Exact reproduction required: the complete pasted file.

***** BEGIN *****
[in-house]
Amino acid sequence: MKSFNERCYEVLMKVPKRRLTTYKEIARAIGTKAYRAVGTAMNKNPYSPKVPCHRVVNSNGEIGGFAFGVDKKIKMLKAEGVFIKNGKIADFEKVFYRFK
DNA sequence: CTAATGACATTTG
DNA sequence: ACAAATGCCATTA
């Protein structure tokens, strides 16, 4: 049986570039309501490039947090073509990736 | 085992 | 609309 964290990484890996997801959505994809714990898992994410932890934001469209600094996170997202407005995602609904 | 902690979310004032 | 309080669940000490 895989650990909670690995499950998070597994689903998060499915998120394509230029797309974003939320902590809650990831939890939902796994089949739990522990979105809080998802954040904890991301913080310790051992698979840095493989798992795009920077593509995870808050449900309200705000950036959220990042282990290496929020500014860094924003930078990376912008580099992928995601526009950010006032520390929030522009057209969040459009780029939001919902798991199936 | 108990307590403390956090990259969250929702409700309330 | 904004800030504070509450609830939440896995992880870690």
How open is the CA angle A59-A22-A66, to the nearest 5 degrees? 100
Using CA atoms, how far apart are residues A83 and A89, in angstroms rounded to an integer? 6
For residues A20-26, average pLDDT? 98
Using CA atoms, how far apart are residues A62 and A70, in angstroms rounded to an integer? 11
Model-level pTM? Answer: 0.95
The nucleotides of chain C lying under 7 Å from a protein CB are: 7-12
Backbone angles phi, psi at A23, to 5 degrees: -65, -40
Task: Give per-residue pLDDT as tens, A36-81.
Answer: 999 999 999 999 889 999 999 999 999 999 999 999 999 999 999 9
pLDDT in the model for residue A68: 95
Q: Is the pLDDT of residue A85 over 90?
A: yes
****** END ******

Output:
[in-house]
Amino acid sequence: MKSFNERCYEVLMKVPKRRLTTYKEIARAIGTKAYRAVGTAMNKNPYSPKVPCHRVVNSNGEIGGFAFGVDKKIKMLKAEGVFIKNGKIADFEKVFYRFK
DNA sequence: CTAATGACATTTG
DNA sequence: ACAAATGCCATTA
């Protein structure tokens, strides 16, 4: 049986570039309501490039947090073509990736 | 085992 | 609309 964290990484890996997801959505994809714990898992994410932890934001469209600094996170997202407005995602609904 | 902690979310004032 | 309080669940000490 895989650990909670690995499950998070597994689903998060499915998120394509230029797309974003939320902590809650990831939890939902796994089949739990522990979105809080998802954040904890991301913080310790051992698979840095493989798992795009920077593509995870808050449900309200705000950036959220990042282990290496929020500014860094924003930078990376912008580099992928995601526009950010006032520390929030522009057209969040459009780029939001919902798991199936 | 108990307590403390956090990259969250929702409700309330 | 904004800030504070509450609830939440896995992880870690």
How open is the CA angle A59-A22-A66, to the nearest 5 degrees? 100
Using CA atoms, how far apart are residues A83 and A89, in angstroms rounded to an integer? 6
For residues A20-26, average pLDDT? 98
Using CA atoms, how far apart are residues A62 and A70, in angstroms rounded to an integer? 11
Model-level pTM? Answer: 0.95
The nucleotides of chain C lying under 7 Å from a protein CB are: 7-12
Backbone angles phi, psi at A23, to 5 degrees: -65, -40
Task: Give per-residue pLDDT as tens, A36-81.
Answer: 999 999 999 999 889 999 999 999 999 999 999 999 999 999 999 9
pLDDT in the model for residue A68: 95
Q: Is the pLDDT of residue A85 over 90?
A: yes